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BMC Vet Res. 2018 Jan 22;14(1):24. doi: 10.1186/s12917-018-1346-y.

Critically appraised topic on adverse food reactions of companion animals (5): discrepancies between ingredients and labeling in commercial pet foods.

Author information

1
Department of Clinical Sciences, College of Veterinary Medicine, North Carolina State University, 1060 William Moore Drive, Raleigh, NC, 27607, USA. tolivry@ncsu.edu.
2
Medizinische Kleintierklinik, Centre for Clinical Veterinary Medicine, Ludwig Maximilian University, Veterinärstrasse 13, 80539, Munich, Germany.

Abstract

BACKGROUND:

Elimination dietary trials for the diagnosis of adverse food reactions (food allergies) in dogs and cats are often conducted with commercial pet foods while relying on their label to select those not containing previously-eaten ingredients. There are concerns that industrial pet foods might contain unlisted food sources that could negate the usefulness of performing food trials. Furthermore, unidentified ingredients might cause clinical reactions in patients hypersensitive to such items.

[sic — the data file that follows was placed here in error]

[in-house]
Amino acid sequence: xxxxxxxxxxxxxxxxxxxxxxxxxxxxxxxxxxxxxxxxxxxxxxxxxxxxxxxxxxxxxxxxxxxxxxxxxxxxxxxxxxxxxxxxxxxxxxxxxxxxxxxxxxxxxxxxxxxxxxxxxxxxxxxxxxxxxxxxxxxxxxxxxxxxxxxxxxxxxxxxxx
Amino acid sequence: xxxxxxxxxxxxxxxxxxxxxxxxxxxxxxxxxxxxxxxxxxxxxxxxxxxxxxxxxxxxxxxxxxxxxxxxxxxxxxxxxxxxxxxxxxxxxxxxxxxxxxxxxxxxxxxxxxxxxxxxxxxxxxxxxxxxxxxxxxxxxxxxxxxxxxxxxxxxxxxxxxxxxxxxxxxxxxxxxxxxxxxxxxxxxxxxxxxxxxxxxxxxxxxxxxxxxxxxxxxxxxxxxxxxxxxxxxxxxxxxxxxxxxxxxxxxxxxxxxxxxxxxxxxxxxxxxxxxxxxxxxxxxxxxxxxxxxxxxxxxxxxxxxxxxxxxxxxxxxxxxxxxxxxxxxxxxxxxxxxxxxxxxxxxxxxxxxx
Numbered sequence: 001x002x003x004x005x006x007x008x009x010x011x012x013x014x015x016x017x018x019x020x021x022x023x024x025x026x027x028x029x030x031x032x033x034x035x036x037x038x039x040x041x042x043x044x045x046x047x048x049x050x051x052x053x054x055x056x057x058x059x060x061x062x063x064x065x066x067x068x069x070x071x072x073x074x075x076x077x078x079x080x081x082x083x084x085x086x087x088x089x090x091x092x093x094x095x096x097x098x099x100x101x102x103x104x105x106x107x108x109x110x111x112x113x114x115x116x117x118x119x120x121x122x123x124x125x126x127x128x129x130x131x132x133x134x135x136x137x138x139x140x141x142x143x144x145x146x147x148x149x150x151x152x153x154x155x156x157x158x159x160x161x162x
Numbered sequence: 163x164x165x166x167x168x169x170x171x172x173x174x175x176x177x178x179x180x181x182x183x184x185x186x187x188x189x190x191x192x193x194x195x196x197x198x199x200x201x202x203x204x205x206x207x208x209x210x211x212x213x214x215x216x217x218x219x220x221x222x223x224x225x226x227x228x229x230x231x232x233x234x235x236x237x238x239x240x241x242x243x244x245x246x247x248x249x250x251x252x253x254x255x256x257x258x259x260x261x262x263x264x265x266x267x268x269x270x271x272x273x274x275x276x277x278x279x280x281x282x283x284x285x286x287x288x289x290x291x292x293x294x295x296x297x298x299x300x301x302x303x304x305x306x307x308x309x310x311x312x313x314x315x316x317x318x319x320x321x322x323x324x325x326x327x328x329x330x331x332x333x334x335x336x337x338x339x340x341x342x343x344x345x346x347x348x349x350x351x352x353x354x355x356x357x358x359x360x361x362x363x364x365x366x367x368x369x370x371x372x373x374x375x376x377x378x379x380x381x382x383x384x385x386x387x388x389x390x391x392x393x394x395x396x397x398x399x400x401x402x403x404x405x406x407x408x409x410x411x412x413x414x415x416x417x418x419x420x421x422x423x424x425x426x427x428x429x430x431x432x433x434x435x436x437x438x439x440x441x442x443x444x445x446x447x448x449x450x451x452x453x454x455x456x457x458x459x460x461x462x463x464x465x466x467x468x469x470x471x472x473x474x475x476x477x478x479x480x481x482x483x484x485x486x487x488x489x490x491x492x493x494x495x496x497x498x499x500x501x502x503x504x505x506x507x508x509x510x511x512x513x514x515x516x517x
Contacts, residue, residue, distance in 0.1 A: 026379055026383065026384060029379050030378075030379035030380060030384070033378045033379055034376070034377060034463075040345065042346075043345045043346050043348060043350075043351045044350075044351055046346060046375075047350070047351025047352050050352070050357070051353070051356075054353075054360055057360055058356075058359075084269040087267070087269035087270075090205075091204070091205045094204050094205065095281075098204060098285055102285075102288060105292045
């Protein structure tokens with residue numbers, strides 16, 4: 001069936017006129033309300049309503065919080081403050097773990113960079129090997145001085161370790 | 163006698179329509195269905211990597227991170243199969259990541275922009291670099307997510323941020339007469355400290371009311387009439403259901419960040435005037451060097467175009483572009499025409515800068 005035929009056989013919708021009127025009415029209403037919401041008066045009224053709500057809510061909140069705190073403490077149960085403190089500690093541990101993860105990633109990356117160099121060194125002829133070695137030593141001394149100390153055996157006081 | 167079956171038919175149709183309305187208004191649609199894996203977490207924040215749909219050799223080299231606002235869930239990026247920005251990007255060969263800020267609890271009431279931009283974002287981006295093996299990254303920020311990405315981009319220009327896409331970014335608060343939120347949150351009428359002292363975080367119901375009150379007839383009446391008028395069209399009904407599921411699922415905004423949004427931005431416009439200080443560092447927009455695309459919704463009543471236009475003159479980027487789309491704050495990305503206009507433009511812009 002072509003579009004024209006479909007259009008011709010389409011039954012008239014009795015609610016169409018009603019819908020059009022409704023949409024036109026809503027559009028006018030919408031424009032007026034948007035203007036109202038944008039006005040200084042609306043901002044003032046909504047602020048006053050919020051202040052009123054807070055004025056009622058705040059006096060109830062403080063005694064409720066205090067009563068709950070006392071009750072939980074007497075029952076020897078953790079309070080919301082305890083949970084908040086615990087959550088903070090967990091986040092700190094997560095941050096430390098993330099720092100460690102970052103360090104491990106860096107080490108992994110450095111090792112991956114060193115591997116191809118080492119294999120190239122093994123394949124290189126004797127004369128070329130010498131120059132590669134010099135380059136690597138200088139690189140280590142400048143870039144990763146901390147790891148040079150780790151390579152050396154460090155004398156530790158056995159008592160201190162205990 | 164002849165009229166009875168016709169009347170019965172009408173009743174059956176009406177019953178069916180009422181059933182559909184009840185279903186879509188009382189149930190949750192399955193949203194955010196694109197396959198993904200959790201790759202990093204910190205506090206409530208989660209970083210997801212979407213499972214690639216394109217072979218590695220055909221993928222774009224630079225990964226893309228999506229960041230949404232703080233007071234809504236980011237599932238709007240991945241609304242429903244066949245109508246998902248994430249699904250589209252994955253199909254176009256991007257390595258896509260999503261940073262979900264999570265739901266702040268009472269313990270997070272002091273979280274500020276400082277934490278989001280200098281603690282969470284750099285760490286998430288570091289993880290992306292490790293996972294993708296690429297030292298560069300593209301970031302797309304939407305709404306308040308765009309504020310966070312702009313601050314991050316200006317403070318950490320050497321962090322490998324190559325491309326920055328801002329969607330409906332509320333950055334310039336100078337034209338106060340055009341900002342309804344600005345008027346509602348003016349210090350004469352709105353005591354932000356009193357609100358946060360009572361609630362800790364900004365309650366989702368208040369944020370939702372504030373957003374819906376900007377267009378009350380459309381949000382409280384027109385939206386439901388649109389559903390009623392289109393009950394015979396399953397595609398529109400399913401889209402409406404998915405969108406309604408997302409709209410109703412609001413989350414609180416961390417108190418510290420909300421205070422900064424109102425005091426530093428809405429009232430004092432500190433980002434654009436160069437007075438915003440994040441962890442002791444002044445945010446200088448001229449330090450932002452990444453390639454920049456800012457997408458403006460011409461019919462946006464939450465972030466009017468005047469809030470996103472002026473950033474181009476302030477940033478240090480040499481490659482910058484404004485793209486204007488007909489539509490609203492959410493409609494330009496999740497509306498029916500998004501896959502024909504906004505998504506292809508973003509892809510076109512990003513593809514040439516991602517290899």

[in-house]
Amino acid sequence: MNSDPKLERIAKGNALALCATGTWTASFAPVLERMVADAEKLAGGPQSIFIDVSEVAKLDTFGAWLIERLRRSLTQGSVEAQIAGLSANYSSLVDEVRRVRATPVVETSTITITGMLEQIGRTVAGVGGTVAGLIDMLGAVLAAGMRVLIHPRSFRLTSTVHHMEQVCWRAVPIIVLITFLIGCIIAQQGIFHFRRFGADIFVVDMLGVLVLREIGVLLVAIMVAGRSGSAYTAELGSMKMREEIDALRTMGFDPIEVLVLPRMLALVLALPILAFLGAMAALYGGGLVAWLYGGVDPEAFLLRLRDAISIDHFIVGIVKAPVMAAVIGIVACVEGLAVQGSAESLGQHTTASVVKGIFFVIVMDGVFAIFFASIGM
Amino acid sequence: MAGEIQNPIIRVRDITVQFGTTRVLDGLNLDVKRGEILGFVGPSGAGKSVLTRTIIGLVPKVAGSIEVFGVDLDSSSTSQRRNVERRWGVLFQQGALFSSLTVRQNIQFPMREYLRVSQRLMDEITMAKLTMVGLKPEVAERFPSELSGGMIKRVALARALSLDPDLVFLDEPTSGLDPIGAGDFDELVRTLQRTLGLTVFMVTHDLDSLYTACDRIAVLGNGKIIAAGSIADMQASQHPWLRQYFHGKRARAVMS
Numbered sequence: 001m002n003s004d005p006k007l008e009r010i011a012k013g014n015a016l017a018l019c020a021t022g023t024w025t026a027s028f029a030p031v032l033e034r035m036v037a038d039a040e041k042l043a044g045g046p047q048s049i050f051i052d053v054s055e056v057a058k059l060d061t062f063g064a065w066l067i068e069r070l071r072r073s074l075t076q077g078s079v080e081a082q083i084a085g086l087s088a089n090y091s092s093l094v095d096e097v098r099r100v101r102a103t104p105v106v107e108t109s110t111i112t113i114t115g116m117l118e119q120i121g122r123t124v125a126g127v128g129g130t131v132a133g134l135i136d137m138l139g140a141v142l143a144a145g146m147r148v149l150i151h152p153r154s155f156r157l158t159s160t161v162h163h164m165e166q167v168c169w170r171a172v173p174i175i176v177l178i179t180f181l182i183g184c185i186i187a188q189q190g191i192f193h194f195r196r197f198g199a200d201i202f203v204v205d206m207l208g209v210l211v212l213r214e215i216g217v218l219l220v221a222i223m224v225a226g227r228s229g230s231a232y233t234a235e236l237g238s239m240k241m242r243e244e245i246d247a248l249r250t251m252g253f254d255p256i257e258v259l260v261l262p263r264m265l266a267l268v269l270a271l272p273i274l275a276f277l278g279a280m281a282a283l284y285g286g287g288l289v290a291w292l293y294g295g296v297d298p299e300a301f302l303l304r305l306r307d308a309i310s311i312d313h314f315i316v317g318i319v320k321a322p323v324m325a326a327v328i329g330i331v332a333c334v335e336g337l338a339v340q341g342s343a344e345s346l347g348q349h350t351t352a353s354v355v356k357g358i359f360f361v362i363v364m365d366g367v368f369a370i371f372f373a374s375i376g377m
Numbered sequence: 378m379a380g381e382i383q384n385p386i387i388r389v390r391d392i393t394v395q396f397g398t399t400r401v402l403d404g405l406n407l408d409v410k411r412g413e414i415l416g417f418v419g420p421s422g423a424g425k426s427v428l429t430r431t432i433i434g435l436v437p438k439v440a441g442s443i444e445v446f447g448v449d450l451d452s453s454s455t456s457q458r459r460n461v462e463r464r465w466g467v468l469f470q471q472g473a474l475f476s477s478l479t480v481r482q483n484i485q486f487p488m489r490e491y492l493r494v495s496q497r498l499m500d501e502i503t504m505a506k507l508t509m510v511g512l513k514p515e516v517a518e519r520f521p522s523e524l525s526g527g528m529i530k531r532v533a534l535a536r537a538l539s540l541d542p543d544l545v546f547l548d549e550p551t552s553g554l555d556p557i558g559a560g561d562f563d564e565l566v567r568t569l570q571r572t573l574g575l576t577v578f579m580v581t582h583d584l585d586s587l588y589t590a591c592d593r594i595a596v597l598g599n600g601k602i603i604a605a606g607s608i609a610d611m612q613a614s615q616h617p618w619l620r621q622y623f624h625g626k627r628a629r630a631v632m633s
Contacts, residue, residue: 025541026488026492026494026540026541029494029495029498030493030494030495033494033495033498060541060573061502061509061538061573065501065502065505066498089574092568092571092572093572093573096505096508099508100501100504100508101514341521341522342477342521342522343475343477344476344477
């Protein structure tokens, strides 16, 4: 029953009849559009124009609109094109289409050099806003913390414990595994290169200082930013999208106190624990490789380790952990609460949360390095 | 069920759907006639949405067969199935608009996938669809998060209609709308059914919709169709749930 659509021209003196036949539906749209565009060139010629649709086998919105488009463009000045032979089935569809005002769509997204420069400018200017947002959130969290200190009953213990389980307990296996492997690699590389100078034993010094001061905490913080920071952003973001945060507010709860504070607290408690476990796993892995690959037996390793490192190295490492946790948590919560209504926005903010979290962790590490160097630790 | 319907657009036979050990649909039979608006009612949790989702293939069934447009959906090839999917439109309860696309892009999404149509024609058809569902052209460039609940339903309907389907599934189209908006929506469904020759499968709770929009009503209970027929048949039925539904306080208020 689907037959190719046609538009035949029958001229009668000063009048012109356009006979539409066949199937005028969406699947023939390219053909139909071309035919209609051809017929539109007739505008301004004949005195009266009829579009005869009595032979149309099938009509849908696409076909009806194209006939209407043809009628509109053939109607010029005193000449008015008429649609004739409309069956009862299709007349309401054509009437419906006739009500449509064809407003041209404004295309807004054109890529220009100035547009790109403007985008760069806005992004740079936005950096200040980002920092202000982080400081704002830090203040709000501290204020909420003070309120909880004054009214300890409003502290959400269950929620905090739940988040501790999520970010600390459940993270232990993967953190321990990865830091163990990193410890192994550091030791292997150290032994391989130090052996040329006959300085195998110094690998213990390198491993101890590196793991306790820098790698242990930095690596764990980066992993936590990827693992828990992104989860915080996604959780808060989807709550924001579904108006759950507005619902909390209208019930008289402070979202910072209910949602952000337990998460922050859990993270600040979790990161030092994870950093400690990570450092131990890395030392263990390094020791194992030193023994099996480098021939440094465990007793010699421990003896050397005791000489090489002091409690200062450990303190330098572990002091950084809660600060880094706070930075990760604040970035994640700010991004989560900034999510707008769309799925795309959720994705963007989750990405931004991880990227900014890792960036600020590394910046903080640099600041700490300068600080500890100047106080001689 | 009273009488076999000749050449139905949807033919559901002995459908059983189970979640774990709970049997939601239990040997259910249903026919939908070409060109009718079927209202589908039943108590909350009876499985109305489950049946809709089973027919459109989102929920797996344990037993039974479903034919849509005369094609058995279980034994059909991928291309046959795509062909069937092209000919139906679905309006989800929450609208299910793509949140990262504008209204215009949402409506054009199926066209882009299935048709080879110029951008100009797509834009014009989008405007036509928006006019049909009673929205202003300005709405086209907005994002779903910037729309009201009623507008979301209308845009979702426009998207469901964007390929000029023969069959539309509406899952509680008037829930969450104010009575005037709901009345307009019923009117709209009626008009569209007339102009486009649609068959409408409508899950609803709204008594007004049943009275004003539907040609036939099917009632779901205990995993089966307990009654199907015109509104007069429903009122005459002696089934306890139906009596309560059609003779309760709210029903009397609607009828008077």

RESULTS:

We searched two article databases on July 7, 2017 and January 12, 2018 for relevant articles, and we screened abstracts from the leading international veterinary dermatology congresses for suitable material. Additional citations were found in the selected papers. In all, we extracted data from 17 articles and one abstract. The studies varied both in the number of pet foods tested (median: 15; range: 1 to 210) and that of ingredients specifically evaluated (median: 4; range: 1 to 11). Studies most often employed either PCR to detect DNA or ELISA to identify proteins from one or more vegetal or animal species; two studies used mass spectrometry to increase the number of detectable proteins. The various methods found ingredients that were not on the label in 0 to 83% (median: 45%) of tested diets; this percentage varied between 33 and 83% in pet foods with "novel/limited" ingredients proposed for elimination diets. Similarly, ingredients were found to be missing from the label in 0 to 38% (median: 1%) of tested foods. Finally, six studies evaluated, among others, several hydrolysate-containing pet foods: mislabeling with unlabeled or missing ingredients was found only in one diet.

CONCLUSIONS:

The mislabeling of pet foods appears rather common, even in those with "novel" or "limited" ingredients proposed for elimination diets. Unexpected added ingredients are more frequently detected than those missing from the label. There is insufficient information to determine if the presence of a contaminating component will lead to a clinical reaction in a patient allergic to it, as challenges with the mislabeled foods were not performed in dogs or cats allergic to such ingredients. The testing of hydrolysate-containing pet foods found only one instance of possible mislabeling.

KEYWORDS:

Canine; Cat; Contamination; Diet; Dog; Feline; Food allergy; Labeling; Pet foods

PMID:
29357847
PMCID:
PMC5778722
DOI:
10.1186/s12917-018-1346-y
[Indexed for MEDLINE]
Free PMC Article

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